– What research approaches and methods help study the complexity of shifting power relations and identities using intersectional and transnational feminist approaches?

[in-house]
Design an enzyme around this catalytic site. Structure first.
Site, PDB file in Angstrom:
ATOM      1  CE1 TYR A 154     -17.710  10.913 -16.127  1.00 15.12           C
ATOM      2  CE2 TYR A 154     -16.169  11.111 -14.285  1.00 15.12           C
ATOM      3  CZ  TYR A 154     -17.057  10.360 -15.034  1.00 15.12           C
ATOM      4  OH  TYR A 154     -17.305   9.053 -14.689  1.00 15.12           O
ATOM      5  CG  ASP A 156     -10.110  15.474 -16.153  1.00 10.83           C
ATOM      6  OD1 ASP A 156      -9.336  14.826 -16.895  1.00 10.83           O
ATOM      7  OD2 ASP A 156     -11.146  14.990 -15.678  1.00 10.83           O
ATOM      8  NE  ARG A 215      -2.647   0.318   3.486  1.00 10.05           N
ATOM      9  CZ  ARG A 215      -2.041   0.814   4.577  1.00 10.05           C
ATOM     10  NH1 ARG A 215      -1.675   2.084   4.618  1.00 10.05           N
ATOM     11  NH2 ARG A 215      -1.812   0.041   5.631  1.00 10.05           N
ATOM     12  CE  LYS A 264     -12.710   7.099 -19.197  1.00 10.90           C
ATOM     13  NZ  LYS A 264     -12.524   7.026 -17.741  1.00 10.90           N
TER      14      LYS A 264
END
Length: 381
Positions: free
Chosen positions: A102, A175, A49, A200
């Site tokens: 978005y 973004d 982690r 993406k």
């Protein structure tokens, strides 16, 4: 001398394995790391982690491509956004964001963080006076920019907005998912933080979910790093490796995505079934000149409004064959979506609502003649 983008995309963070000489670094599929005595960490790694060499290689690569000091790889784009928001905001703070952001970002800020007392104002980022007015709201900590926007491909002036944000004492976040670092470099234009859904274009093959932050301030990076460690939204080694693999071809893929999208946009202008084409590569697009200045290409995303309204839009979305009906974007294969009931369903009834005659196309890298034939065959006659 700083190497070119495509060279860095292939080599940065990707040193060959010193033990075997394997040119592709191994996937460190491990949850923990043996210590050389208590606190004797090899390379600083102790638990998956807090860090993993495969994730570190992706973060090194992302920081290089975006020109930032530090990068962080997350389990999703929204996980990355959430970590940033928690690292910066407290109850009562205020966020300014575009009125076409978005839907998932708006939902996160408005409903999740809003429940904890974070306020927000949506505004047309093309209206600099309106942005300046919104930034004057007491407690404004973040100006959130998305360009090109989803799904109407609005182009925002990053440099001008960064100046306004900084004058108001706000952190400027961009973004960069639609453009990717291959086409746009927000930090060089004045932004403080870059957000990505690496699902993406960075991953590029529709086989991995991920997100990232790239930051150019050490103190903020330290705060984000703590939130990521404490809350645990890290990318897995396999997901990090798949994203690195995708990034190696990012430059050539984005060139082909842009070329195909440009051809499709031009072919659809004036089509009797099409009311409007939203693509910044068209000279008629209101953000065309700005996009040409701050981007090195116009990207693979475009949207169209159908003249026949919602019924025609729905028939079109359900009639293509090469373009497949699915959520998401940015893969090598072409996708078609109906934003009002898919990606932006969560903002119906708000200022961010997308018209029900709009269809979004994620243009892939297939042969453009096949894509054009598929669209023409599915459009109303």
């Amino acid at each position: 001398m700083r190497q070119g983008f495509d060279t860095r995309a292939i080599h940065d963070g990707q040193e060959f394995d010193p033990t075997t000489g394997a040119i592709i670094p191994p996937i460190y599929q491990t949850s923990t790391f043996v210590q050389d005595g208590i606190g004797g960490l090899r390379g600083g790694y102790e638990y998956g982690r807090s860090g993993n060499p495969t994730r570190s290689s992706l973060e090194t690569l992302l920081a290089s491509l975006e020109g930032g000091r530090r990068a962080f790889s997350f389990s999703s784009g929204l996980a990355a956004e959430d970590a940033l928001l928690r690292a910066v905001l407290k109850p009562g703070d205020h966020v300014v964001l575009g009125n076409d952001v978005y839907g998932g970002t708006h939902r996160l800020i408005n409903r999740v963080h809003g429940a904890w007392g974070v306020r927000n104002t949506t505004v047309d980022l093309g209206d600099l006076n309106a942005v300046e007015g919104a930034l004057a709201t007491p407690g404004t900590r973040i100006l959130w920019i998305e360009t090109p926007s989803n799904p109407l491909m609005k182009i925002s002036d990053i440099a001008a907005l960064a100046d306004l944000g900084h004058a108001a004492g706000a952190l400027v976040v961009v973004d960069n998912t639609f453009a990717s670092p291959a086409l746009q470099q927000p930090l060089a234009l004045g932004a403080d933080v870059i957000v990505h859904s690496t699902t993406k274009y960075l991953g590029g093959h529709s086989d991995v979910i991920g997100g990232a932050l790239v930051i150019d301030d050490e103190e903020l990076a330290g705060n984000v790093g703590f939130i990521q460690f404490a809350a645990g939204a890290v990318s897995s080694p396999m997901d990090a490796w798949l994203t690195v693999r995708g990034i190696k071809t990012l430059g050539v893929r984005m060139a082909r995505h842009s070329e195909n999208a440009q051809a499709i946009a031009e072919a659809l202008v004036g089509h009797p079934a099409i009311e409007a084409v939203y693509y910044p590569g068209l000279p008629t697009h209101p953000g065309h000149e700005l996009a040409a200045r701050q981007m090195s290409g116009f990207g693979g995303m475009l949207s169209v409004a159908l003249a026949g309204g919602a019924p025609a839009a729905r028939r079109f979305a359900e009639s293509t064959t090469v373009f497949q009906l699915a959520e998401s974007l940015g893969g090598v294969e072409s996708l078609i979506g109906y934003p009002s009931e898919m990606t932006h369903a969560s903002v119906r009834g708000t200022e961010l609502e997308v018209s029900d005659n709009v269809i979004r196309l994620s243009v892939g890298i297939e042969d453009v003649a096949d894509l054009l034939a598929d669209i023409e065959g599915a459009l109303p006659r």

As part of the proposed structure of the stream, we are seeking to finalise with a general session to reflect on what has been learned about the possibilities and challenges of bringing intersectionality and transnational feminist approaches to inform theory, research and practice on gender, work and organisations in the age of globalisation. The aim of this final session is to identify key learnings from the stream and new directions to continue (or not) bringing together these two important theoretical, research and practical advances in the study of gender and organisations. This final session will be chaired by the stream convenors and will consist of a conversation following a roundtable format with presenters from the stream as well as others in attendance to the conference who may wish to join us. If you would like to take part in this final session, please indicate so in a cover message with your abstract submission. Convenors also welcome contact from potential contributions ahead of abstract submission. You can get in touch with convenors at firstname.lastname@example.org, email@example.com, and firstname.lastname@example.org.